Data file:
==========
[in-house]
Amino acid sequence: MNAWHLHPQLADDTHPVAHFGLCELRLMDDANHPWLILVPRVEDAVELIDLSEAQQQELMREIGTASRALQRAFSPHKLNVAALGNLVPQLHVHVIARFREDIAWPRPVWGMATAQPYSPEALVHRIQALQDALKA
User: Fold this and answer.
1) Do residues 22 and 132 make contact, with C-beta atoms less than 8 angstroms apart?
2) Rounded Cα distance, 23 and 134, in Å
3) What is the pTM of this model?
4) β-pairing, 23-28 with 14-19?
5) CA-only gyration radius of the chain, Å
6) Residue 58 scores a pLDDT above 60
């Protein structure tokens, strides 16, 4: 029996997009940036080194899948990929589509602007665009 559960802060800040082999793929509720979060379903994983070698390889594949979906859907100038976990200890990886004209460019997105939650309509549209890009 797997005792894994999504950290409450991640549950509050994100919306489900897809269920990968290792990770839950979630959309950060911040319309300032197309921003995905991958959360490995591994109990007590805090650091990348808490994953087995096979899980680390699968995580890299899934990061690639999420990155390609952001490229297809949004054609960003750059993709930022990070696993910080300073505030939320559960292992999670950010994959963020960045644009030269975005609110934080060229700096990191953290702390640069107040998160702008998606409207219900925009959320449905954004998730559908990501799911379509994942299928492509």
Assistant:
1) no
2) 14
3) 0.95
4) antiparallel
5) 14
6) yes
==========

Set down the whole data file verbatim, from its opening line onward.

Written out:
[in-house]
Amino acid sequence: MNAWHLHPQLADDTHPVAHFGLCELRLMDDANHPWLILVPRVEDAVELIDLSEAQQQELMREIGTASRALQRAFSPHKLNVAALGNLVPQLHVHVIARFREDIAWPRPVWGMATAQPYSPEALVHRIQALQDALKA
User: Fold this and answer.
1) Do residues 22 and 132 make contact, with C-beta atoms less than 8 angstroms apart?
2) Rounded Cα distance, 23 and 134, in Å
3) What is the pTM of this model?
4) β-pairing, 23-28 with 14-19?
5) CA-only gyration radius of the chain, Å
6) Residue 58 scores a pLDDT above 60
């Protein structure tokens, strides 16, 4: 029996997009940036080194899948990929589509602007665009 559960802060800040082999793929509720979060379903994983070698390889594949979906859907100038976990200890990886004209460019997105939650309509549209890009 797997005792894994999504950290409450991640549950509050994100919306489900897809269920990968290792990770839950979630959309950060911040319309300032197309921003995905991958959360490995591994109990007590805090650091990348808490994953087995096979899980680390699968995580890299899934990061690639999420990155390609952001490229297809949004054609960003750059993709930022990070696993910080300073505030939320559960292992999670950010994959963020960045644009030269975005609110934080060229700096990191953290702390640069107040998160702008998606409207219900925009959320449905954004998730559908990501799911379509994942299928492509």
Assistant:
1) no
2) 14
3) 0.95
4) antiparallel
5) 14
6) yes